Therefore, the ideal is to maintain the habit of checking blood cholesterol levels – performing a lipid test or lipid profile – at least once a year, preferably under the supervision of a cardiologist or endocrinologist.
Foods that Lower LDL Cholesterol
Many foods are believed to significantly lower LDL cholesterol. Fiber-rich foods are said to be particularly beneficial. Fiber will lower ‘bad’ cholesterol and help the bowel function properly, reducing the risk of colon and bowel cancer. Many other foods can help the body fight back against these dangerous deposits.
Some Fiber-rich foods are oat bran, barley, and wheat bran. They can be eaten as cereal for breakfast and sprinkled onto other foods. Pearl barley can be added to soups. Apples and pears also have considerable amounts of soluble fiber and should be enjoyed daily.
Beans, Peas & Lentils (Pulses) are high in fiber and low in fat. They also contain lecithin, a nutrient that is known as one of the ways to reduce cholesterol. Try incorporating kidney, fava beans, borlotti, and other dry whole foods into your diet; many different types of lentils and peas are delicious in soups and stews.
Avocado contains prolific amounts of monounsaturated fat, which helps to reduce LDL cholesterol and has many other health benefits, including anti-cancer properties.
For breakfast, avocados can be consumed with a bit of sugar or pure. At lunch or dinner, it can be used for sweet and sour salads — which mix salty with sweet and, in this case, is the fruit’s natural sugar.
Therefore, investing in foods is one of the good ways to reduce cholesterol, as avocado can bring good results for your health in the long run.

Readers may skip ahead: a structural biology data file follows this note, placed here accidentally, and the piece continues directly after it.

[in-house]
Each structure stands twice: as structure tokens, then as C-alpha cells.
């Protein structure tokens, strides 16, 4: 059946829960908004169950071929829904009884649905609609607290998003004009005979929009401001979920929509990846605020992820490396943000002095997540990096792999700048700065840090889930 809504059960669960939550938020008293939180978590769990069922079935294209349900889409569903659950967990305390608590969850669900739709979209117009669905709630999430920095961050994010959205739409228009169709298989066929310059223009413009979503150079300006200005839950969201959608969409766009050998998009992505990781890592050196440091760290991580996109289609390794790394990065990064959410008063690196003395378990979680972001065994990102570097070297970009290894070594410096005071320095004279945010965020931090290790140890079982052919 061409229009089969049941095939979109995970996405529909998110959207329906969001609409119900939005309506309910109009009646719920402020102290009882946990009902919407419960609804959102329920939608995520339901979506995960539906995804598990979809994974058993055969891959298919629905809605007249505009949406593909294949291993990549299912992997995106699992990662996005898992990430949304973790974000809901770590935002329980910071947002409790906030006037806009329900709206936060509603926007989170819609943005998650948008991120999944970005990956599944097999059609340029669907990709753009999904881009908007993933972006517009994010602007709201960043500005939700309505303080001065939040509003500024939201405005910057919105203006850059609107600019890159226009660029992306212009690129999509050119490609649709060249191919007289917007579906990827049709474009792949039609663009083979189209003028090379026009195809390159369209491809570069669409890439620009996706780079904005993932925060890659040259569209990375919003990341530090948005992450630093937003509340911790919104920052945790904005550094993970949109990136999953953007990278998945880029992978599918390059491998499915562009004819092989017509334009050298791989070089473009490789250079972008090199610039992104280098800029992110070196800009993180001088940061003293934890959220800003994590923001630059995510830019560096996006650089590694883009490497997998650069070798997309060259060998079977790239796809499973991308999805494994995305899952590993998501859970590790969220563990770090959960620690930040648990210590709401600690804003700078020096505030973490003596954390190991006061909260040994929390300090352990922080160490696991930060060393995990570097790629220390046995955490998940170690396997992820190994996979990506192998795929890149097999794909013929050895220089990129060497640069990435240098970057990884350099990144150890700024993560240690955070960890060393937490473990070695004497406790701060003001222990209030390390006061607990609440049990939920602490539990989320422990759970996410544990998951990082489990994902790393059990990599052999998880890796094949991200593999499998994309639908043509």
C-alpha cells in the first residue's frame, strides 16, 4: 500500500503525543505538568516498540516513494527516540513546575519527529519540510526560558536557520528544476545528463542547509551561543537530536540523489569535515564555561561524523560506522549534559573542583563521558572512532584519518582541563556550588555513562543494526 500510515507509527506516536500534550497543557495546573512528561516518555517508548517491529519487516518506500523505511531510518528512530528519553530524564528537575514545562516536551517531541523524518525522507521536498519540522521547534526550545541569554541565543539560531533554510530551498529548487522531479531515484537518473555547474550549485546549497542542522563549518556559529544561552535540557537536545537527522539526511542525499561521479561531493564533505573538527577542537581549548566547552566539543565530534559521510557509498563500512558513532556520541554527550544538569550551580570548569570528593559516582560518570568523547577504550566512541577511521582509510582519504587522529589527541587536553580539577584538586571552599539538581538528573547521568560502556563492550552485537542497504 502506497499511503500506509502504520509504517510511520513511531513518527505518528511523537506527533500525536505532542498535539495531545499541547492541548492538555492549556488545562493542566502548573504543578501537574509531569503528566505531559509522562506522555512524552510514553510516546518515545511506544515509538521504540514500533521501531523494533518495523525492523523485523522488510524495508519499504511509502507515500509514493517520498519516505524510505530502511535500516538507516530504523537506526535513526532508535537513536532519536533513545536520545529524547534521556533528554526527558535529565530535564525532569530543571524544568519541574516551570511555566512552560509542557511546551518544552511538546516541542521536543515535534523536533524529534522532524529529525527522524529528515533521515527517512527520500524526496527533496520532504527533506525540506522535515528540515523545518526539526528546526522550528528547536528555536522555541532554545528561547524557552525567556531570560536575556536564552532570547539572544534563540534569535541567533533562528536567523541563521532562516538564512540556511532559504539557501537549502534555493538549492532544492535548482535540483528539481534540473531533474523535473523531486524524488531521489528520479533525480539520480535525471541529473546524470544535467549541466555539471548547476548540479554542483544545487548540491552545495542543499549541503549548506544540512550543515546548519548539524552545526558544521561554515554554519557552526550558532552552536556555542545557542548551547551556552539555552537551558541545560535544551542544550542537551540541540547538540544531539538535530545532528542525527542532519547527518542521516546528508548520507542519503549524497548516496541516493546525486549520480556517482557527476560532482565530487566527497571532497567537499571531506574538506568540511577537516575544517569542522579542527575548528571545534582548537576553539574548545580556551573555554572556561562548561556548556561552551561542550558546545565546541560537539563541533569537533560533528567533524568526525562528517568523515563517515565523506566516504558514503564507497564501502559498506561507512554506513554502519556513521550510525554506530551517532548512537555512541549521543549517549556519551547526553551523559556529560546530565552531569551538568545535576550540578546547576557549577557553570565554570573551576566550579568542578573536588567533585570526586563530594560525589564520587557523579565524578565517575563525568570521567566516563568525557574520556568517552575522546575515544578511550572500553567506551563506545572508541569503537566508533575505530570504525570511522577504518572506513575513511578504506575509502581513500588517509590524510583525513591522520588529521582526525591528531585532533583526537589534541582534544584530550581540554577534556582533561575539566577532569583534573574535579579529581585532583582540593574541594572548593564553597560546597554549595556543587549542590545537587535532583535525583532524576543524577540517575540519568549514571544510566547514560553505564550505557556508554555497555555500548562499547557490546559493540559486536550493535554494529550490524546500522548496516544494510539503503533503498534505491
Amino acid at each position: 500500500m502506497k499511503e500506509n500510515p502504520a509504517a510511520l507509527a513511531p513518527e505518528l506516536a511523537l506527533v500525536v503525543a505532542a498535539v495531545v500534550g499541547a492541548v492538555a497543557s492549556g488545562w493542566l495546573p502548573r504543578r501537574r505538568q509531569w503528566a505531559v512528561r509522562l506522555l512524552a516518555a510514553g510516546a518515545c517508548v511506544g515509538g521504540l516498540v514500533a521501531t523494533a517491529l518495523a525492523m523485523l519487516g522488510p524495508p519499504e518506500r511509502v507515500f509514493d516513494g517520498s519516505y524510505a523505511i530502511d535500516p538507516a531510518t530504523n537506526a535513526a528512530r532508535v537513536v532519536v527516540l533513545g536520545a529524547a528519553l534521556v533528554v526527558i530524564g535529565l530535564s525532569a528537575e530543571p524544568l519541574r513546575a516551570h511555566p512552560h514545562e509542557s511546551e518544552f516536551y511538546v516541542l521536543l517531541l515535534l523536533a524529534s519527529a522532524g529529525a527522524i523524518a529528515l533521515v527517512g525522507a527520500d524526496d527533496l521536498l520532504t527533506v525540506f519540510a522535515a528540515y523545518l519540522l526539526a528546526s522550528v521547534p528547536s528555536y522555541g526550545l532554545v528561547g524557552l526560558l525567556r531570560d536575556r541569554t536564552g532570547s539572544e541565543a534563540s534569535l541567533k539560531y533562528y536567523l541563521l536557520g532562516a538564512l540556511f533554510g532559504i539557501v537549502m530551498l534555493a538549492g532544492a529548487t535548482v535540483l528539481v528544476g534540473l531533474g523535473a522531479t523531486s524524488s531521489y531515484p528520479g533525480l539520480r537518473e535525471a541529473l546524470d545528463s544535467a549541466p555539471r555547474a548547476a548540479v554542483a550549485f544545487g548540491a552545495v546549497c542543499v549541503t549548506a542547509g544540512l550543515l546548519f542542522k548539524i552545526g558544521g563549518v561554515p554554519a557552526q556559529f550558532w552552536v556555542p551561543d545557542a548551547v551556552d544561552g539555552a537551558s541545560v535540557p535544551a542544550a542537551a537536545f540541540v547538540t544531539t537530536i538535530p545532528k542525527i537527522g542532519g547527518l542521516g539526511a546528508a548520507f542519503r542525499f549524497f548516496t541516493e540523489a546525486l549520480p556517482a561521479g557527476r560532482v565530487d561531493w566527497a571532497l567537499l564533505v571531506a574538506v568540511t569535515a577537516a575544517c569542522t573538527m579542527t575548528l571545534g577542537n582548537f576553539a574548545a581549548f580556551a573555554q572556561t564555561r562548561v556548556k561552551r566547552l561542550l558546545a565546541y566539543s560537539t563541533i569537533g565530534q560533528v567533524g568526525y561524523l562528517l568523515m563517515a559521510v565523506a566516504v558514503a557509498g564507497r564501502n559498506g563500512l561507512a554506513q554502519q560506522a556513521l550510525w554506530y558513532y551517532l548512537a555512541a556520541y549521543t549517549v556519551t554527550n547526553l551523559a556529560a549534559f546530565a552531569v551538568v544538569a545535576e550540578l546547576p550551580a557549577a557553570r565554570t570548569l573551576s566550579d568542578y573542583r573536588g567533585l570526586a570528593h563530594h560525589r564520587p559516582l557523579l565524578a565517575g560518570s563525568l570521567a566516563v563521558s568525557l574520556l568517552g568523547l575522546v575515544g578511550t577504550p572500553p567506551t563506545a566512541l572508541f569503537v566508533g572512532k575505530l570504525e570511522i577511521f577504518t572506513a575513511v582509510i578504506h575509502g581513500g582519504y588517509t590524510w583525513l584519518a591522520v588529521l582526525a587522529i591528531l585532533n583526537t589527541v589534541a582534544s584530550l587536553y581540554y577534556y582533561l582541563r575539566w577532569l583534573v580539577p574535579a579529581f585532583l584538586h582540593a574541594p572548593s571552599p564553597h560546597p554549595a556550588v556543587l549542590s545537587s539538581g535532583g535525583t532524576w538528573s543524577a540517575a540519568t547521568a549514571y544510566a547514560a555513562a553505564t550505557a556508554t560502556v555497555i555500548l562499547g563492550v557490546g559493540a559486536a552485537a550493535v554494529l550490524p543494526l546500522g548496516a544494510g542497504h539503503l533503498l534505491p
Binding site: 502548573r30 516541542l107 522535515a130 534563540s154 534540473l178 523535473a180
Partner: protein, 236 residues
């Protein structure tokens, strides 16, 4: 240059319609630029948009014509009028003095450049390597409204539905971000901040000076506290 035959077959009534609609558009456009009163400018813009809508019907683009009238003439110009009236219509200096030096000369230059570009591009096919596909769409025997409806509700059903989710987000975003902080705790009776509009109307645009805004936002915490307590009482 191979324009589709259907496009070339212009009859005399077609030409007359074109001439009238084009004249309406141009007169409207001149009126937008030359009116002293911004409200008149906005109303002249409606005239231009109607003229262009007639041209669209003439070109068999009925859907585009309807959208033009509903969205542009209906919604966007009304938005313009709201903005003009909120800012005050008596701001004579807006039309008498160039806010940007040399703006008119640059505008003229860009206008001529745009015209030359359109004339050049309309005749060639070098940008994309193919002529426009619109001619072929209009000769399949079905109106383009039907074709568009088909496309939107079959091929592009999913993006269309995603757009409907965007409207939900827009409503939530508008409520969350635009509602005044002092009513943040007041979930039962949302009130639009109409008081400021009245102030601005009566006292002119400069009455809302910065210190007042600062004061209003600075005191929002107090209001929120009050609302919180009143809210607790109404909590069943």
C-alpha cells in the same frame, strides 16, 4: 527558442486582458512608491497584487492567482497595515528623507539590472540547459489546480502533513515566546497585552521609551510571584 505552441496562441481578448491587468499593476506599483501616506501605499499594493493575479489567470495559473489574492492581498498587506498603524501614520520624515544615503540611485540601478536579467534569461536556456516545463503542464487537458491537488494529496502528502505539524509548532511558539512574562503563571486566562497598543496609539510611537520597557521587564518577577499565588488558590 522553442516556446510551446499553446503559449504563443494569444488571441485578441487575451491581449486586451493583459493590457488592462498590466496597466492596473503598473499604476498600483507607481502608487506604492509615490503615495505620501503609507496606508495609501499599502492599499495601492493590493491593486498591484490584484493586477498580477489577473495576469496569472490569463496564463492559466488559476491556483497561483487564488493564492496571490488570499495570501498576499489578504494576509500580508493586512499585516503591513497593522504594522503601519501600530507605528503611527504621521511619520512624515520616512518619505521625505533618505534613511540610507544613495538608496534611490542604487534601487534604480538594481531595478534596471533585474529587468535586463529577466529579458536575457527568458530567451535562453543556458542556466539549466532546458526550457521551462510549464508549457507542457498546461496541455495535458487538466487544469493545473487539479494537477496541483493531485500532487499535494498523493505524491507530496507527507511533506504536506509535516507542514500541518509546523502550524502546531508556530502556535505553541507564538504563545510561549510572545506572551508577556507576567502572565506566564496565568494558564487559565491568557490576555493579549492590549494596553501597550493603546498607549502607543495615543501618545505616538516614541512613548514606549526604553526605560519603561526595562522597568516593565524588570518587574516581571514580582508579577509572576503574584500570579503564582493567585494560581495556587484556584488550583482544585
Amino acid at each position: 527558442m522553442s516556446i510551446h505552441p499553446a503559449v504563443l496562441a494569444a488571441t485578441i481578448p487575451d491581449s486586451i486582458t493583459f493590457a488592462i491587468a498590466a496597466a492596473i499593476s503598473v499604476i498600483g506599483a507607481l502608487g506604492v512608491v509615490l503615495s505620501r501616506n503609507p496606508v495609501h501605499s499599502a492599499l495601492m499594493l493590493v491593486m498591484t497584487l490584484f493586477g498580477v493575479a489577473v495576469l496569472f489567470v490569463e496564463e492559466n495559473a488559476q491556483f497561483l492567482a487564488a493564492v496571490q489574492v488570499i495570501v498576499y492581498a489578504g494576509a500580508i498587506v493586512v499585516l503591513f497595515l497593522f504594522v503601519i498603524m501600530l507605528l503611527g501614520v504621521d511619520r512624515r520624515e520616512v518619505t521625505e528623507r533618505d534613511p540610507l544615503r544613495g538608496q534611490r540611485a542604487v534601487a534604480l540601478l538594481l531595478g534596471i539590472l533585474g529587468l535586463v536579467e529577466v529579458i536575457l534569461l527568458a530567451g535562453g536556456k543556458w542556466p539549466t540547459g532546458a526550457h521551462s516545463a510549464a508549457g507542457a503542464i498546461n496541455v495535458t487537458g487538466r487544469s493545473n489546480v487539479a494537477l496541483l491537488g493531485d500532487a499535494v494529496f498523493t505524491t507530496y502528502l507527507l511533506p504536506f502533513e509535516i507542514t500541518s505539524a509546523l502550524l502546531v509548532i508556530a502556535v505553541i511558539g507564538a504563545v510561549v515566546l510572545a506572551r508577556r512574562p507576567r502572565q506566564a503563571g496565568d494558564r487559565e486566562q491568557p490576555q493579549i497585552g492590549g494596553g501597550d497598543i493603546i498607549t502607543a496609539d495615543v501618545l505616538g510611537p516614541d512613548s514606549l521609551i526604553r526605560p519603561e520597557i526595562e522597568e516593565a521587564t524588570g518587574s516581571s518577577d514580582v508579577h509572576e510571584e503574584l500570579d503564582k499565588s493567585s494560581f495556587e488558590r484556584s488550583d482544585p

Raw carrots are rich in pectin fiber; for cholesterol, carrots will act as a tonic on the liver because it also has a purifying and cleansing effect. It helps the liver to eliminate excess bile and fat accumulated by an unhealthy diet. Many fruits also contain pectin, including; apples, citrus fruits, strawberries, raspberries, and other red or black fruits.
Shitake mushrooms are widely used by the Japanese and include a compound called lentinan, which is one of the good ways to reduce cholesterol, is also considered anti-cancer, and can help boost the immune system. These tasty mushrooms are rich in vitamins A and C and other compounds that have antioxidant action, fighting free radicals.
This characteristic protects against rheumatoid arthritis, cirrhosis, arteriosclerosis, and premature aging.
Extra virgin olive oil; Rich in antioxidants such as polyphenols, which can fight free radicals responsible for cell aging, it has a protective effect against a number of cardiovascular health problems. Still, the consumption of olive oil is associated with low levels of bad cholesterol (LDL) due to the presence of poly and monounsaturated fats.
Garlic is a superfood and is well known for its blood-thinning properties. It also contains the substance allicin, which is thought to prevent the body from retaining LDL cholesterol. Research has shown that the equivalent of one clove a day can lower “bad” cholesterol by 10-15% in most people.
The mechanisms behind this effect are not fully understood. Still, it appears that it acts both on the absorption of cholesterol in the intestine and on the synthesis of endogenous cholesterol — the one we produce in the liver and is responsible for most of the circulating cholesterol.
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Root ginger has been used in Chinese medicine for centuries and has numerous health benefits. It can be added to stir-fry (using healthy sesame oil) and other vegetable dishes, or it can be used to create delicious ginger tea.
Nuts are naturally high in omega-3 fatty acids and are known to reduce blood cholesterol significantly; walnuts, pecans, hazelnuts, and almonds are especially beneficial.
Sesame seeds are rich in phytosterols. These compounds are said to lessen LDL cholesterol substantially. Other foods containing phytosterols include; celery, lettuce, asparagus, spinach, tomatoes, ginger, squash, and strawberries.